df1 = K -1 will typically be small
df2 = n - K will typically be large

Decision Rule:
 Reject H if
0
F > FK-1,n-K,α

α = .05

0

Do not
reject H0

Reject H0

FK-1,n-K,α


One-Factor ANOVA
F Test Example
You want to see if three
different golf clubs yield
different distances. You
randomly select five
measurements from trials on
an automated driving
machine for each club. At
the .05 significance level, is
there a difference in mean
distance?

Club 1
254
263
241
237
251

Club 2
234
218
235
227
216

Club 3
200
222
197
206
204


One-Factor ANOVA Example:
Scatter Diagram
Club 1
254
263
241
237
251

Club 2
234
218
235
227
216

Club 3
200
222
197
206
204

Distance
270
260
250
240
230


••



220

x1 = 249.2 x 2 = 226.0 x 3 = 205.8
x = 227.0

210

x1
••

••

x2


••
••

200
190
1

2
Club

x

3

x3


One-Factor ANOVA Example
Computations
Club 1
254
263
241
237
251

Club 2
234
218
235
227
216

Club 3
200
222
197
206
204

x1 = 249.2

n1 = 5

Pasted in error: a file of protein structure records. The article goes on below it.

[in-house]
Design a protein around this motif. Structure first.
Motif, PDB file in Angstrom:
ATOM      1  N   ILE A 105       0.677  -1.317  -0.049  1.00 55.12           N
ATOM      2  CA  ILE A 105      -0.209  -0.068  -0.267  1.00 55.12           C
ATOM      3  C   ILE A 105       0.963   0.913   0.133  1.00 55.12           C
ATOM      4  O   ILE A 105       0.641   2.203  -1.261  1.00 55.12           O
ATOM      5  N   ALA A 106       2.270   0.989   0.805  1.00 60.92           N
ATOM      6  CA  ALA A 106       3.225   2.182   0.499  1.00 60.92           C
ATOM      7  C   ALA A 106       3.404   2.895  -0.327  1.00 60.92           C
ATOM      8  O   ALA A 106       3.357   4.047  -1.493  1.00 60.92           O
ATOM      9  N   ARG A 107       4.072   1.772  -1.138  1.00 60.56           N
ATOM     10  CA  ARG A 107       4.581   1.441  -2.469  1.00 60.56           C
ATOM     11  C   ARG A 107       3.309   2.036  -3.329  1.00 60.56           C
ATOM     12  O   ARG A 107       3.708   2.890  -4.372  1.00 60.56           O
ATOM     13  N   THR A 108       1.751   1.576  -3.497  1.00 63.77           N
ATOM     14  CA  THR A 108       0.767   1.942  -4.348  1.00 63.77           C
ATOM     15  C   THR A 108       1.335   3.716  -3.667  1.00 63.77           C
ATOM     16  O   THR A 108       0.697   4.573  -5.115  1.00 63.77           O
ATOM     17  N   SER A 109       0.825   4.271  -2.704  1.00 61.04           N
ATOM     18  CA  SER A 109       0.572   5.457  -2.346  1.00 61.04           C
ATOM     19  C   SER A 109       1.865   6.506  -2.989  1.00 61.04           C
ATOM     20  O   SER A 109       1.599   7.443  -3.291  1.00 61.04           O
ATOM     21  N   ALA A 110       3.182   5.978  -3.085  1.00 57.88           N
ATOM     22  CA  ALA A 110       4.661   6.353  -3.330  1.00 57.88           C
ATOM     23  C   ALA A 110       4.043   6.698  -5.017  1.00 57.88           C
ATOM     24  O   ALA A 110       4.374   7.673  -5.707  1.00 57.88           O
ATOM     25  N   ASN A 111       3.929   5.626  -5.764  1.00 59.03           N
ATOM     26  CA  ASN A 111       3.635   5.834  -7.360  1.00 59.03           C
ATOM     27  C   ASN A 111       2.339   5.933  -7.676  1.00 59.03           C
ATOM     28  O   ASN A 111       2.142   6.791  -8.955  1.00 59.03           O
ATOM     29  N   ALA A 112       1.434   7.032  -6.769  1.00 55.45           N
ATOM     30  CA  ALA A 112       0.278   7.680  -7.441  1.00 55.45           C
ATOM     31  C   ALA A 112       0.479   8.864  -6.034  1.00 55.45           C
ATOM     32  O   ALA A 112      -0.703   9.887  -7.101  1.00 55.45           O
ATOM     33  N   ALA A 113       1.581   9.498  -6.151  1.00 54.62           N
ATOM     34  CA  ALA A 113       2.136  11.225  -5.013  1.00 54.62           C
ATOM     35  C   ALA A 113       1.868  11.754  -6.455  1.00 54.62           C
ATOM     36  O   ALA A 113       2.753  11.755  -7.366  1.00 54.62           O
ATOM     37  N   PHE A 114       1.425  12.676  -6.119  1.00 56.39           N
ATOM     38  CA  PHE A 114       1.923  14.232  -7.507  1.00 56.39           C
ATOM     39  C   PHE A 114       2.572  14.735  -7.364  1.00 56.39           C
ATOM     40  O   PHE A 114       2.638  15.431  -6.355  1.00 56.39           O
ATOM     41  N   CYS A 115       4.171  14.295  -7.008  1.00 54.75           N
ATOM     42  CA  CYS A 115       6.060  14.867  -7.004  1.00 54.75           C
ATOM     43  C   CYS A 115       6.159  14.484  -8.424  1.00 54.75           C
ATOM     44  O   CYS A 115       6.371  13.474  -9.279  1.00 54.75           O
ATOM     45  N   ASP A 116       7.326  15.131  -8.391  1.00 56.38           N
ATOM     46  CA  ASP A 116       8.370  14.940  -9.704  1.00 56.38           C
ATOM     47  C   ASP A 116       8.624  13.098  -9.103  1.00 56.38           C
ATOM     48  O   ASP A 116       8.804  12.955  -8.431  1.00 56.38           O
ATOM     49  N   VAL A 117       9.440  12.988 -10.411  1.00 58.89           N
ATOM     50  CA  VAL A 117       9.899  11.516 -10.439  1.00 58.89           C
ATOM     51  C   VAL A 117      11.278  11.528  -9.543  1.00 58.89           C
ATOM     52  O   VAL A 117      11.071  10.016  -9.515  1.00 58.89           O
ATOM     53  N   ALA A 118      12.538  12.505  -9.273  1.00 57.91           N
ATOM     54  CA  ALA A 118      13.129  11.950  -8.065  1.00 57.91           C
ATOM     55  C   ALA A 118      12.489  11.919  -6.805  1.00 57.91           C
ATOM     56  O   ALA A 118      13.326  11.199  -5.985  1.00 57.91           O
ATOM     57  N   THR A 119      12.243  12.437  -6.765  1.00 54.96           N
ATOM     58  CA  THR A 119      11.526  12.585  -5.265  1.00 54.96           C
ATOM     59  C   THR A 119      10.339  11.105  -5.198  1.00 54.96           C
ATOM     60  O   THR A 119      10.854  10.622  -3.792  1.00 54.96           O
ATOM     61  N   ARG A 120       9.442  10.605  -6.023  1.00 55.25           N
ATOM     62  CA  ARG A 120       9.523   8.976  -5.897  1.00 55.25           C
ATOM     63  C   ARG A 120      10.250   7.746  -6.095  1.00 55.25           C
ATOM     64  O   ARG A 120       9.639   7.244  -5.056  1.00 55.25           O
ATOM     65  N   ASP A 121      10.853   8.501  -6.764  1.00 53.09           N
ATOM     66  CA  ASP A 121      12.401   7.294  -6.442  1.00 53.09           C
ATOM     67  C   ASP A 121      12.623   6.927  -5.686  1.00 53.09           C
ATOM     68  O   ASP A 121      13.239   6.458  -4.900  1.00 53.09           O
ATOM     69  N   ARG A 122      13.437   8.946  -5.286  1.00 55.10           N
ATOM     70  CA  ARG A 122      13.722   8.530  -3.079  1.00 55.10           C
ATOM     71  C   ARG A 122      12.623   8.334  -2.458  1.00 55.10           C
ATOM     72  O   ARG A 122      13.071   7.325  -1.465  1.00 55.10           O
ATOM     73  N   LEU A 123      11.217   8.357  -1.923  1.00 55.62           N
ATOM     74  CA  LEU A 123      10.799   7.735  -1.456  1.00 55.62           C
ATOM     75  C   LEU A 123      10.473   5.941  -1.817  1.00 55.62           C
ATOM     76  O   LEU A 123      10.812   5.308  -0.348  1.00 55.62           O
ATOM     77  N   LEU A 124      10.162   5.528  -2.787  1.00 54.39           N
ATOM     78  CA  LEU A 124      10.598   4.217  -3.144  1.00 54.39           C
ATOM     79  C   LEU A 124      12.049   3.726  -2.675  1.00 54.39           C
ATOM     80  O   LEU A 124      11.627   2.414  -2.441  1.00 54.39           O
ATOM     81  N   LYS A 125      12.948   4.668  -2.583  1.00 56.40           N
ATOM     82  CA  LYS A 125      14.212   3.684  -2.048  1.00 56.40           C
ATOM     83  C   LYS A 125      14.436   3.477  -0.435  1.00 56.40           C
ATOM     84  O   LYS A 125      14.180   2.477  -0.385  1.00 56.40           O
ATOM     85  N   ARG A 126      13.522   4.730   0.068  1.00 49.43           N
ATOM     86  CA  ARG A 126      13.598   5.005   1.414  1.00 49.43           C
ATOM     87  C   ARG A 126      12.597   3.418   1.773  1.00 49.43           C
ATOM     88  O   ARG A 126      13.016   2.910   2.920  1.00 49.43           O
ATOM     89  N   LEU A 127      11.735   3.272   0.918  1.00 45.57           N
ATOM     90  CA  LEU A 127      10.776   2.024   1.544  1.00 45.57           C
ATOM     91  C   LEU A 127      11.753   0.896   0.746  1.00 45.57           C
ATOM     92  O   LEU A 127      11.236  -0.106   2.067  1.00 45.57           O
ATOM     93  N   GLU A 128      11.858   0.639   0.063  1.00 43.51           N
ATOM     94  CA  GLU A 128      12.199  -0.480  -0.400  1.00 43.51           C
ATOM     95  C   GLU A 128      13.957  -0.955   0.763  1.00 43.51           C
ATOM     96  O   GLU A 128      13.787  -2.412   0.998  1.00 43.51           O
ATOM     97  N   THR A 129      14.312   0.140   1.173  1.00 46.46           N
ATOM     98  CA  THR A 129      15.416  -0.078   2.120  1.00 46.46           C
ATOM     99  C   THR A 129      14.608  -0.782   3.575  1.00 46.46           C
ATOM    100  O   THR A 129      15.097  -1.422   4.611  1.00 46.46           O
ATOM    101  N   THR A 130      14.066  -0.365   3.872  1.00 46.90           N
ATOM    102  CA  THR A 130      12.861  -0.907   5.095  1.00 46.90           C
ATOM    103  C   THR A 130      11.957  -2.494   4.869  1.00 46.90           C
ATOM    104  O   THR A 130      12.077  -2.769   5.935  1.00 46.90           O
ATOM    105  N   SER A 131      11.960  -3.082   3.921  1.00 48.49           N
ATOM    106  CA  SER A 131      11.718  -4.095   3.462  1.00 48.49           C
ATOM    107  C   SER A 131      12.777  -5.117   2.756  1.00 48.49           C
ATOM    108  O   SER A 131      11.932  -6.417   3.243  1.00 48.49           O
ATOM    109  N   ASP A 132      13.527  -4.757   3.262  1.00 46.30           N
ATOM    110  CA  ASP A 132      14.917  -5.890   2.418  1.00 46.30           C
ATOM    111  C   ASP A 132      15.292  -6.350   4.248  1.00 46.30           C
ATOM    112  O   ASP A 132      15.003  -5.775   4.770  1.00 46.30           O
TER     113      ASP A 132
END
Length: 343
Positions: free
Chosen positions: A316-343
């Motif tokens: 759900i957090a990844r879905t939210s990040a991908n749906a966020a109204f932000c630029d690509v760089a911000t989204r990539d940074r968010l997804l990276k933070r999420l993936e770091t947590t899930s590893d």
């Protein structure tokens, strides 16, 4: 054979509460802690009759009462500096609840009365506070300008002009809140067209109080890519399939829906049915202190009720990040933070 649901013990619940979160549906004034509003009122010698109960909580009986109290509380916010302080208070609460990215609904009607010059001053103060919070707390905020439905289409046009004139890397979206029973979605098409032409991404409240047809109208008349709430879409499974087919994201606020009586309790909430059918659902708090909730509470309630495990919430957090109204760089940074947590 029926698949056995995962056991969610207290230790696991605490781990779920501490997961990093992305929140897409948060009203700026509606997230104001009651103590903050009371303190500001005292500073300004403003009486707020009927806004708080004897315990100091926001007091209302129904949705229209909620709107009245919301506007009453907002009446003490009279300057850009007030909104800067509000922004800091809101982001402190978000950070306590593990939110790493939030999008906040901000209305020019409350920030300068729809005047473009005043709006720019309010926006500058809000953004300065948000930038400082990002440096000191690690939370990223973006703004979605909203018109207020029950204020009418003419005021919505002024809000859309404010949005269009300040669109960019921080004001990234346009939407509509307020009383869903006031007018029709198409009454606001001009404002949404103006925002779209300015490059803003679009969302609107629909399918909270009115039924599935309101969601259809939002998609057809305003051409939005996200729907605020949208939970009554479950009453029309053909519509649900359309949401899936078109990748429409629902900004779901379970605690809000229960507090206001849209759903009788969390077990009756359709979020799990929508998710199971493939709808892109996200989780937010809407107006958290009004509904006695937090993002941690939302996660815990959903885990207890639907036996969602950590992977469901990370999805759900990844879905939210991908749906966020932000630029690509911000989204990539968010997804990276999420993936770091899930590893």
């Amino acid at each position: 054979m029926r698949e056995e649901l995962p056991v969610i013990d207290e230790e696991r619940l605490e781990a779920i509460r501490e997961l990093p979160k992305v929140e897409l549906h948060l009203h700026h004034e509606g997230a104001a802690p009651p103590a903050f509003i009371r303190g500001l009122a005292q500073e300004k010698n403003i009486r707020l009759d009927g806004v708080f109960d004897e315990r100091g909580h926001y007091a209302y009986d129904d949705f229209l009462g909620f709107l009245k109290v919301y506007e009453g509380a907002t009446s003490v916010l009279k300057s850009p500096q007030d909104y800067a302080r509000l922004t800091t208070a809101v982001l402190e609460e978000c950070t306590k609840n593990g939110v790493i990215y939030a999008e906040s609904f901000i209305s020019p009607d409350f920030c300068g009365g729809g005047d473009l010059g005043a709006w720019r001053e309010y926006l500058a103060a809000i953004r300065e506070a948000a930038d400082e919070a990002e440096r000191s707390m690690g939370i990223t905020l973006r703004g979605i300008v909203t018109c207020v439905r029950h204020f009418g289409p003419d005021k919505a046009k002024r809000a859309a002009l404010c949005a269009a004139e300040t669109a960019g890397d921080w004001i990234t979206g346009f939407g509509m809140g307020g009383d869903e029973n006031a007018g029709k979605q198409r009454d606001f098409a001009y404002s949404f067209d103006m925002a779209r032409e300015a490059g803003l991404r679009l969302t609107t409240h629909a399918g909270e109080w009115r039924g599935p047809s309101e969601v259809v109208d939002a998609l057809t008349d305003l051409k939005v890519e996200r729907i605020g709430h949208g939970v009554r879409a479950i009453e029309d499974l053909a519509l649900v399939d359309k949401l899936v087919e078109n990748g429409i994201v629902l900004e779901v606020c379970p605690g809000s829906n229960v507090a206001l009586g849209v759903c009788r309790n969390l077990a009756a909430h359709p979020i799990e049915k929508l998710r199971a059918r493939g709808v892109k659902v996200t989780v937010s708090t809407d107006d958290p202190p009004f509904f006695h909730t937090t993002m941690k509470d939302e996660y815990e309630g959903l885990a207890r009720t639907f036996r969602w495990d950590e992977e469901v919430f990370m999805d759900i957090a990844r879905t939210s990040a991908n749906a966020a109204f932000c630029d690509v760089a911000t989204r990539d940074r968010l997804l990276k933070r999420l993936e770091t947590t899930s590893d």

x2 = 226.0

n2 = 5

x3 = 205.8

n3 = 5

x = 227.0

n = 15

K=3
SSG = 5 (249.2 – 227)2 + 5 (226 – 227)2 + 5 (205.8 – 227)2 = 4716.4
SSW = (254 – 249.2)2 + (263 – 249.2)2 +…+ (204 – 205.8)2 = 1119.6

MSG = 4716.4 / (3-1) = 2358.2
MSW = 1119.6 / (15-3) = 93.3

2358.2
F=
= 25.275
93.3


One-Factor ANOVA Example
Solution
Test Statistic:

H0: μ1 = μ2 = μ3
H1: μi not all equal
α = .05
df1= 2

df2 = 12
Critical Value:

F2,12,.05= 3.89
α = .05

0

Do not
reject H0

Reject H0

F2,12,.05 = 3.89

MSA 2358.2
F=
=
= 25.275
MSW
93.3

Decision:
Reject H0 at α = 0.05
Conclusion:
There is evidence that
at least one μi differs
F = 25.275
from the rest